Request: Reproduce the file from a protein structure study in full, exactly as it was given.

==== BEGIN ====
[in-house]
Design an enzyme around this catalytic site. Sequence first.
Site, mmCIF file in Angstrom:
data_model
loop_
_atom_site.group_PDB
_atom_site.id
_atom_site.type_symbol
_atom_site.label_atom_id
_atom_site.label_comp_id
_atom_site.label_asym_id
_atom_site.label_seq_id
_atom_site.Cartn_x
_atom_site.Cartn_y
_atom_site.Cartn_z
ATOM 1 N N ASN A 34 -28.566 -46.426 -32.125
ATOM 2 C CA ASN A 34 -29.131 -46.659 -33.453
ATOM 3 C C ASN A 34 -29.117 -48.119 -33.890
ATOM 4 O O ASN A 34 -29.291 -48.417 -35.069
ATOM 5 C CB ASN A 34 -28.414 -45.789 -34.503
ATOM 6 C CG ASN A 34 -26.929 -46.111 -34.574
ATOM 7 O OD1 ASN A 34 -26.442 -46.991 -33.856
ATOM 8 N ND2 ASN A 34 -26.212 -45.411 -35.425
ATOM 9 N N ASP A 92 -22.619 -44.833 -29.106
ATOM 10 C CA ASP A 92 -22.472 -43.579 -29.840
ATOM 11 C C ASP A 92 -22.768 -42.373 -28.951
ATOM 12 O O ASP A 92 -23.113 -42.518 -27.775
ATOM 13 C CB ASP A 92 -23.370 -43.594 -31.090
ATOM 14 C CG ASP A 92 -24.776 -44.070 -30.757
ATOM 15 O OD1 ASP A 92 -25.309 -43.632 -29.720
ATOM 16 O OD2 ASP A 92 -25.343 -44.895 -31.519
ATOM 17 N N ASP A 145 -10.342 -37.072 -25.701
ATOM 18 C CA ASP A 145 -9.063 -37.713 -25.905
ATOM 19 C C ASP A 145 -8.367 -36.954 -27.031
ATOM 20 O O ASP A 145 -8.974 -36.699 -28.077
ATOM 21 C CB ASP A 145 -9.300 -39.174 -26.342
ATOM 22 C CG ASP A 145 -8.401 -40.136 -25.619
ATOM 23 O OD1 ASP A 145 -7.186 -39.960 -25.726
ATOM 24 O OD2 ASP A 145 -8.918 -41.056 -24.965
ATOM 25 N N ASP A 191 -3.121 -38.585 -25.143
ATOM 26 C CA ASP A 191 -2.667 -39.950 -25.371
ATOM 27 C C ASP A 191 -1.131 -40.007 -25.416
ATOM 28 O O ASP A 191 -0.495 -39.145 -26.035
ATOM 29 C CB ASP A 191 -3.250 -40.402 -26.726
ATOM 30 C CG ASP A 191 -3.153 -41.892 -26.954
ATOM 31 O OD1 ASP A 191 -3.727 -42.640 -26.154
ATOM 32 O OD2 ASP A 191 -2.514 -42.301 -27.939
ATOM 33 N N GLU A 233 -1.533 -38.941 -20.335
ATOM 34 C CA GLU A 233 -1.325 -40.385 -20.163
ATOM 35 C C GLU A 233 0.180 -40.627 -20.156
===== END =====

[in-house]
Design an enzyme around this catalytic site. Sequence first.
Site, mmCIF file in Angstrom:
data_model
loop_
_atom_site.group_PDB
_atom_site.id
_atom_site.type_symbol
_atom_site.label_atom_id
_atom_site.label_comp_id
_atom_site.label_asym_id
_atom_site.label_seq_id
_atom_site.Cartn_x
_atom_site.Cartn_y
_atom_site.Cartn_z
ATOM 1 N N ASN A 34 -28.566 -46.426 -32.125
ATOM 2 C CA ASN A 34 -29.131 -46.659 -33.453
ATOM 3 C C ASN A 34 -29.117 -48.119 -33.890
ATOM 4 O O ASN A 34 -29.291 -48.417 -35.069
ATOM 5 C CB ASN A 34 -28.414 -45.789 -34.503
ATOM 6 C CG ASN A 34 -26.929 -46.111 -34.574
ATOM 7 O OD1 ASN A 34 -26.442 -46.991 -33.856
ATOM 8 N ND2 ASN A 34 -26.212 -45.411 -35.425
ATOM 9 N N ASP A 92 -22.619 -44.833 -29.106
ATOM 10 C CA ASP A 92 -22.472 -43.579 -29.840
ATOM 11 C C ASP A 92 -22.768 -42.373 -28.951
ATOM 12 O O ASP A 92 -23.113 -42.518 -27.775
ATOM 13 C CB ASP A 92 -23.370 -43.594 -31.090
ATOM 14 C CG ASP A 92 -24.776 -44.070 -30.757
ATOM 15 O OD1 ASP A 92 -25.309 -43.632 -29.720
ATOM 16 O OD2 ASP A 92 -25.343 -44.895 -31.519
ATOM 17 N N ASP A 145 -10.342 -37.072 -25.701
ATOM 18 C CA ASP A 145 -9.063 -37.713 -25.905
ATOM 19 C C ASP A 145 -8.367 -36.954 -27.031
ATOM 20 O O ASP A 145 -8.974 -36.699 -28.077
ATOM 21 C CB ASP A 145 -9.300 -39.174 -26.342
ATOM 22 C CG ASP A 145 -8.401 -40.136 -25.619
ATOM 23 O OD1 ASP A 145 -7.186 -39.960 -25.726
ATOM 24 O OD2 ASP A 145 -8.918 -41.056 -24.965
ATOM 25 N N ASP A 191 -3.121 -38.585 -25.143
ATOM 26 C CA ASP A 191 -2.667 -39.950 -25.371
ATOM 27 C C ASP A 191 -1.131 -40.007 -25.416
ATOM 28 O O ASP A 191 -0.495 -39.145 -26.035
ATOM 29 C CB ASP A 191 -3.250 -40.402 -26.726
ATOM 30 C CG ASP A 191 -3.153 -41.892 -26.954
ATOM 31 O OD1 ASP A 191 -3.727 -42.640 -26.154
ATOM 32 O OD2 ASP A 191 -2.514 -42.301 -27.939
ATOM 33 N N GLU A 233 -1.533 -38.941 -20.335
ATOM 34 C CA GLU A 233 -1.325 -40.385 -20.163
ATOM 35 C C GLU A 233 0.180 -40.627 -20.156